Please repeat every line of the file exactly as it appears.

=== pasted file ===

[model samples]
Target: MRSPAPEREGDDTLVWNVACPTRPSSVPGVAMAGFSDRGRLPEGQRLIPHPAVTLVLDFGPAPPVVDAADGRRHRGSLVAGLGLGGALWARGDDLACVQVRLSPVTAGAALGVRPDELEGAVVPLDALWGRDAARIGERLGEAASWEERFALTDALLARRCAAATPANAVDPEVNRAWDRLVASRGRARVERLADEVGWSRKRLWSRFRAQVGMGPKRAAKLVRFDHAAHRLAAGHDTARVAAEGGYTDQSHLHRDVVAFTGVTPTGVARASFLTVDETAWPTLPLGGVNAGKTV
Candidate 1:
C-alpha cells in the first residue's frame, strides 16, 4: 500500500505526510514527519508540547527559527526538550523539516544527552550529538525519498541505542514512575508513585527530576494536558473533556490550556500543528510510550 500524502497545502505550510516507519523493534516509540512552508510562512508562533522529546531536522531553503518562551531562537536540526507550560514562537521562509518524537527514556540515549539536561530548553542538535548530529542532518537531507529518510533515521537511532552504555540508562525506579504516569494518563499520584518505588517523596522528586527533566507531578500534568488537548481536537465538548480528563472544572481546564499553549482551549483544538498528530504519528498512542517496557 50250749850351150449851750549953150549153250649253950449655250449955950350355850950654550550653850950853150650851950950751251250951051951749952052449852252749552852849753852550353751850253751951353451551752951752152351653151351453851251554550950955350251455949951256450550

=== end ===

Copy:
[model samples]
Target: MRSPAPEREGDDTLVWNVACPTRPSSVPGVAMAGFSDRGRLPEGQRLIPHPAVTLVLDFGPAPPVVDAADGRRHRGSLVAGLGLGGALWARGDDLACVQVRLSPVTAGAALGVRPDELEGAVVPLDALWGRDAARIGERLGEAASWEERFALTDALLARRCAAATPANAVDPEVNRAWDRLVASRGRARVERLADEVGWSRKRLWSRFRAQVGMGPKRAAKLVRFDHAAHRLAAGHDTARVAAEGGYTDQSHLHRDVVAFTGVTPTGVARASFLTVDETAWPTLPLGGVNAGKTV
Candidate 1:
C-alpha cells in the first residue's frame, strides 16, 4: 500500500505526510514527519508540547527559527526538550523539516544527552550529538525519498541505542514512575508513585527530576494536558473533556490550556500543528510510550 500524502497545502505550510516507519523493534516509540512552508510562512508562533522529546531536522531553503518562551531562537536540526507550560514562537521562509518524537527514556540515549539536561530548553542538535548530529542532518537531507529518510533515521537511532552504555540508562525506579504516569494518563499520584518505588517523596522528586527533566507531578500534568488537548481536537465538548480528563472544572481546564499553549482551549483544538498528530504519528498512542517496557 50250749850351150449851750549953150549153250649253950449655250449955950350355850950654550550653850950853150650851950950751251250951051951749952052449852252749552852849753852550353751850253751951353451551752951752152351653151351453851251554550950955350251455949951256450550